Sorry, that is not even close to being true, monitors vary massively just because a profile on one is the same as another certainly will not result in the user seeing the same image. Or why would they not calibrate at the factory and have done with it ?
OK, so its not perfect. We all know that, but in general your average quality monitors will be close. Certainly a hell of a lot closer than if they are not calibrated.
 
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#14
I chose C over B as it gives a little more contrast/saturation to the interior and a little more colour/detail in the trees on my calibrated monitor.
I'd be interested in an iMac result though.
 
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689
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No
#15
To the OP, you can see from the results of the poll that its just not possible to get an accurate average, its clear which ones are never gong to be right though, on my screen currently it was C on the cintiq next to it was D :)
 
OP
OP
ah5168
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1,127
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No
#16
Yes, in theory, though there will always be people who try and calibrate poor quality monitors or people who calibrate incorrectly for one reason or another.

Last year I had a client yelling at me because he thought his images were too dark. Turns out he was looking on his iphone and had the brightness right down to save battery. After a long conversation I left him scratching his head because on virtually every device he had in the office, about 6 different phones, 4 computers, 2 tablets and a smart TV the images looked different. Even viewing on the same device, same screen, but using different browsers or photo viewers resulted in different looking images.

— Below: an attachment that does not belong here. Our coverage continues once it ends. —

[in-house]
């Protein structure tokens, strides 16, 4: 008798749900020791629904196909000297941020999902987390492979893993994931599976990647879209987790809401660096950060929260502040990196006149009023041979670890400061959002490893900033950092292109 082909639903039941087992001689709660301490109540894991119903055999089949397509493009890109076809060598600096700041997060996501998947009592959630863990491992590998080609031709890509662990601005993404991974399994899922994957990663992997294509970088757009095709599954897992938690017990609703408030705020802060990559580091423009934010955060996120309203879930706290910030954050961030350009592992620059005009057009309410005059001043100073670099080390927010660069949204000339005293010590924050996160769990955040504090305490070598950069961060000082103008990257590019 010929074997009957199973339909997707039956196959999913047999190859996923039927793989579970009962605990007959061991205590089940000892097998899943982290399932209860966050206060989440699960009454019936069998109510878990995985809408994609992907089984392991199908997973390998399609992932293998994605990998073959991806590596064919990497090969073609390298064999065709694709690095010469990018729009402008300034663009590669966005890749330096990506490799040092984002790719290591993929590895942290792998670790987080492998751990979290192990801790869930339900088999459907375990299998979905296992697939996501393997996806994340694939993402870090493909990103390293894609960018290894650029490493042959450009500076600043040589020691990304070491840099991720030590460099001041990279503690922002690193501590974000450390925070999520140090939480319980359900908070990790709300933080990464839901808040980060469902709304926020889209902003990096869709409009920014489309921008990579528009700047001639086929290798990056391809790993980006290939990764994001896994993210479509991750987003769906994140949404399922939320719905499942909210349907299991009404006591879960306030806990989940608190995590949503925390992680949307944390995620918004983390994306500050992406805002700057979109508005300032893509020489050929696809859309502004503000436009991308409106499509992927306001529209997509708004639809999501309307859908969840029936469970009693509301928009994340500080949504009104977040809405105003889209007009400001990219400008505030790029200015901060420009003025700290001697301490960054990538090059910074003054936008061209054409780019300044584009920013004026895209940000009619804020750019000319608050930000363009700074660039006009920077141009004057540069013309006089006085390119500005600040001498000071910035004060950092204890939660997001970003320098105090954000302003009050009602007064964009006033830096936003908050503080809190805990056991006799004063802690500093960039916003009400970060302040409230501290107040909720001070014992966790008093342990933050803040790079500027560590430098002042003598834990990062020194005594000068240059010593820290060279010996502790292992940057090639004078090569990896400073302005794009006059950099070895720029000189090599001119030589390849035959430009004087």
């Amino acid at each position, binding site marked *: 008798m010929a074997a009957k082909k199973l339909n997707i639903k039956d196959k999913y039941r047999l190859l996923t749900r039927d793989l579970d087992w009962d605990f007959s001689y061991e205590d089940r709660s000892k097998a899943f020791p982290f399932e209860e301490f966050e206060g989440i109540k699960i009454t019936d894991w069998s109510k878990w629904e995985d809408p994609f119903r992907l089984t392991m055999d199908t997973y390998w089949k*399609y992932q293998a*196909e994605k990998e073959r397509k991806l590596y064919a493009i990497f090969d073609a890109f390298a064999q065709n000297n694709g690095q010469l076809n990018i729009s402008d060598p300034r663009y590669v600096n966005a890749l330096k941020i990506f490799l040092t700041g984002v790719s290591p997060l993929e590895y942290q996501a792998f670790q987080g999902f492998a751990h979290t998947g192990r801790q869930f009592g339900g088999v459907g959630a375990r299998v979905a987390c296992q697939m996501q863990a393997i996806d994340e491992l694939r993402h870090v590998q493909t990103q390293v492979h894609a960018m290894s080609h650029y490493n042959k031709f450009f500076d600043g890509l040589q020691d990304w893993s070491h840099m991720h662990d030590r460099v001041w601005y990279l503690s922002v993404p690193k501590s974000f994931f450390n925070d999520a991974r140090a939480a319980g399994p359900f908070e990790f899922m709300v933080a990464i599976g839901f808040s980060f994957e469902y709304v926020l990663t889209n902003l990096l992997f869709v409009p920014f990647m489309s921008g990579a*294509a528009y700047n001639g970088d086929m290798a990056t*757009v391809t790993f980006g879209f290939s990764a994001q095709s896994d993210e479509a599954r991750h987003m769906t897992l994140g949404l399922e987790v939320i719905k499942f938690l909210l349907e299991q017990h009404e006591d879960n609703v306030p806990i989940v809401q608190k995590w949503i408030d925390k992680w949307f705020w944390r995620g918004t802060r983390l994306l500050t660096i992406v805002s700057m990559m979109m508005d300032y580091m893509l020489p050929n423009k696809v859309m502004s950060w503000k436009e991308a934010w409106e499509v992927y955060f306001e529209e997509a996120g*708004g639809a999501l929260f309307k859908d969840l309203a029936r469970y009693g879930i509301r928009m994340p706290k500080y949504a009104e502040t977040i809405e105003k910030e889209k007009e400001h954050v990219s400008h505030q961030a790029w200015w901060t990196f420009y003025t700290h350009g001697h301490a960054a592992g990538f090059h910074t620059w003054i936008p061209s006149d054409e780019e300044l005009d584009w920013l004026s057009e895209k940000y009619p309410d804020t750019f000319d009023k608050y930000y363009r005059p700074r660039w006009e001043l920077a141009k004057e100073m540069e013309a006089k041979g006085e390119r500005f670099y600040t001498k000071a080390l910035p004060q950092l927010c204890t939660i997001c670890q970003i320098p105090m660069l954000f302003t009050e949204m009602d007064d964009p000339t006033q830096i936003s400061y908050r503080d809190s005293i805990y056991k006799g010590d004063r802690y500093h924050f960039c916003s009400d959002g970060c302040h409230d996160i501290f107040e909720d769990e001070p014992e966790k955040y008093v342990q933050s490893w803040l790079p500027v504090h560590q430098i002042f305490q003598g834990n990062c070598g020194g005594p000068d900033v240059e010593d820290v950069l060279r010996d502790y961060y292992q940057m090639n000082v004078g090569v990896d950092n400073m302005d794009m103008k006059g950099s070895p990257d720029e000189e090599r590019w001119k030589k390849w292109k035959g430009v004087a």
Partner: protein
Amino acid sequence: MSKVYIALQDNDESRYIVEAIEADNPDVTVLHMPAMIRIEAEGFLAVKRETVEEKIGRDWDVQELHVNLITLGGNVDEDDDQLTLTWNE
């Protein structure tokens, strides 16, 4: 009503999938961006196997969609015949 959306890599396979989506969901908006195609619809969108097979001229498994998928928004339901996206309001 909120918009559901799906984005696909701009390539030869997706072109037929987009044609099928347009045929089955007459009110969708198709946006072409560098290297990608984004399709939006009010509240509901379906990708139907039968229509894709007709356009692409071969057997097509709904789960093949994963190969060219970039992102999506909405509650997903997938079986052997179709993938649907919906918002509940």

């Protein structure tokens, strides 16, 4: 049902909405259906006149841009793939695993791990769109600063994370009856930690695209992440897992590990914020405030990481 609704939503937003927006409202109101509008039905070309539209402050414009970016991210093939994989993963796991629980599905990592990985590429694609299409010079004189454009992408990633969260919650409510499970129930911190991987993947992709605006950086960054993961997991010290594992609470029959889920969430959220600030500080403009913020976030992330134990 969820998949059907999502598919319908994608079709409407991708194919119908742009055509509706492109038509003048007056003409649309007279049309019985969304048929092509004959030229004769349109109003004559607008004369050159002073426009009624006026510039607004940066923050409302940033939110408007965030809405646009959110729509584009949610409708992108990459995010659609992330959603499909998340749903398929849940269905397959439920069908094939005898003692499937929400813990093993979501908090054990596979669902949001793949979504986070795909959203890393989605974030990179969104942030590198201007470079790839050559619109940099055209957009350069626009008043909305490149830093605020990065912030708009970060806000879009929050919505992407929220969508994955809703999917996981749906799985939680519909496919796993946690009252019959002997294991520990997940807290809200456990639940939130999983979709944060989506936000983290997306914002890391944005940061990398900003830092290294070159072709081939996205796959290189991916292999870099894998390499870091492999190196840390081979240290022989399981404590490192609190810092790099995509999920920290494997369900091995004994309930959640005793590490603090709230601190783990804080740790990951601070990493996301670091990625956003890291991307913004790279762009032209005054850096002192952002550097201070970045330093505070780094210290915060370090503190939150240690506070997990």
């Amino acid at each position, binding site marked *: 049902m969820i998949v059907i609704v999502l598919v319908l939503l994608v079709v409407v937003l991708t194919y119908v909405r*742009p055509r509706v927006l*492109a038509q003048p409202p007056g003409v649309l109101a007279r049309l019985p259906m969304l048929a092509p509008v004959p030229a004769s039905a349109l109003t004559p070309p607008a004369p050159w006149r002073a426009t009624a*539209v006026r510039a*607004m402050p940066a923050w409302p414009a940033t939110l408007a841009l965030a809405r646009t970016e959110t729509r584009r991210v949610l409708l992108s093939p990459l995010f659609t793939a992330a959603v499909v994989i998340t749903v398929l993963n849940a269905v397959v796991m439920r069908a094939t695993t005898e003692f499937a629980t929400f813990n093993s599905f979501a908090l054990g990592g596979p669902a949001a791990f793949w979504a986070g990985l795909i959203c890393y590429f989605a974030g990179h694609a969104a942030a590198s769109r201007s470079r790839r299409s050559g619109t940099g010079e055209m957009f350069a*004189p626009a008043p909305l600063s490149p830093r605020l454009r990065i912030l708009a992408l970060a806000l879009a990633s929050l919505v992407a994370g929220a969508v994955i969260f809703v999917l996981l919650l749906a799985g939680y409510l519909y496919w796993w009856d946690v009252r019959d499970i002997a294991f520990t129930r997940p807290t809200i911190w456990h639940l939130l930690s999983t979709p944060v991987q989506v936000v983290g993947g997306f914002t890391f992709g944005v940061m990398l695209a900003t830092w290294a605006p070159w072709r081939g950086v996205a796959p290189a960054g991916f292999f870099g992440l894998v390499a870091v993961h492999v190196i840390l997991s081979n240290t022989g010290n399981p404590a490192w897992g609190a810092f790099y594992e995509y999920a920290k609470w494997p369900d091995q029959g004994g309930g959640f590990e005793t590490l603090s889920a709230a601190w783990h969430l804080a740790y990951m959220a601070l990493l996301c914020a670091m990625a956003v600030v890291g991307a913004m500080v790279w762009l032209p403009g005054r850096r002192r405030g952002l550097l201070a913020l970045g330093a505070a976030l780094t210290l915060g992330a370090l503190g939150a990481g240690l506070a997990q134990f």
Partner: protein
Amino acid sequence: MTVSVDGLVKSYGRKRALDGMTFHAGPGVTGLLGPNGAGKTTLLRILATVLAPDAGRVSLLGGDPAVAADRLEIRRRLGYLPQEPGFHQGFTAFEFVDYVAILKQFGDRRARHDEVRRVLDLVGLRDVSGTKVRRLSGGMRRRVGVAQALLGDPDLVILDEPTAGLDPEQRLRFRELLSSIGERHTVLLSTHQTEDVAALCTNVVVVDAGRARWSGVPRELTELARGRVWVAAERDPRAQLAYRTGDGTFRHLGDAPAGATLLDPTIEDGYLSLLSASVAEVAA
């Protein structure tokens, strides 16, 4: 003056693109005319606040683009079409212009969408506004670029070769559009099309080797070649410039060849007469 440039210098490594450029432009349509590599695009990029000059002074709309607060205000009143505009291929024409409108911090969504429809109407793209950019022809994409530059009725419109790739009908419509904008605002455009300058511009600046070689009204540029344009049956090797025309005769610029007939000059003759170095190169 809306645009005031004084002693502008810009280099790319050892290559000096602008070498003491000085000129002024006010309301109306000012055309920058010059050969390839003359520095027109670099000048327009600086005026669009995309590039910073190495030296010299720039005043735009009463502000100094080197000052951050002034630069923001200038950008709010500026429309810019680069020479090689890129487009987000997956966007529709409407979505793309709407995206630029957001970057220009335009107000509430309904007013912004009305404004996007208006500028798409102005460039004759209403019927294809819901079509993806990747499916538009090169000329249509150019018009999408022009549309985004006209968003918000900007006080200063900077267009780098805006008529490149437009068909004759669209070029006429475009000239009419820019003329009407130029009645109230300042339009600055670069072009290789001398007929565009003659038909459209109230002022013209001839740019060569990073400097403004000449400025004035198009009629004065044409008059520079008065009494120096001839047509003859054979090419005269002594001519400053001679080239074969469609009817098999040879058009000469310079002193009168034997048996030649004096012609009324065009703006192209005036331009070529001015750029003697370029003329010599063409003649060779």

If the majority of viewers using different monitors, browsers and devices concur that one image has an ideal exposure then I think that gives a good indication that the real world exposure of that image is probably right.
 
Messages
456
Name
Paul
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No
#19
If the majority of viewers using different monitors, browsers and devices concur that one image has an ideal exposure then I think that gives a good indication that the real world exposure of that image is probably right.
I get your point, but you would need a massive data set to make a valid judgement that way.
Its also not useful asking your non target audience. There maybe lots of people here as photographers using macs, whereas your average estate agent may be using cheap HP and Dell monitors.

Also lets assume you go down this path and you find a settling / level / curve that it so happens your agent agents are all happy that it looks good on their screens even if it looks crap on your own calibrated screen, and then they send the images to print for a brochure. Well whats going to happen then?
 
OP
OP
ah5168
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#22
I think this was a worthwhile exercise, all the checks I had done in advance told me that B was probably the best exposure, which has been shown by the Poll.

One of the ways you can get a good idea what the real exposure level is is to use the waveform tool in some video editing software where you actually get values for the brightness of the various parts of the image.

Ideally for view on a monitor you want whites to be in the 85-90 range if you look at B and C below you can see that the large white section of wall in the centre right probably looks a better value in B.

Image B
Waveform B.jpg

Image C
Waveform C.jpg
 
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Name
Pete
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#26
It also has to account for where the viewers are, in a bright or dark room, and I wear glasses with a slight brown tint, others it will be gray or blue tints.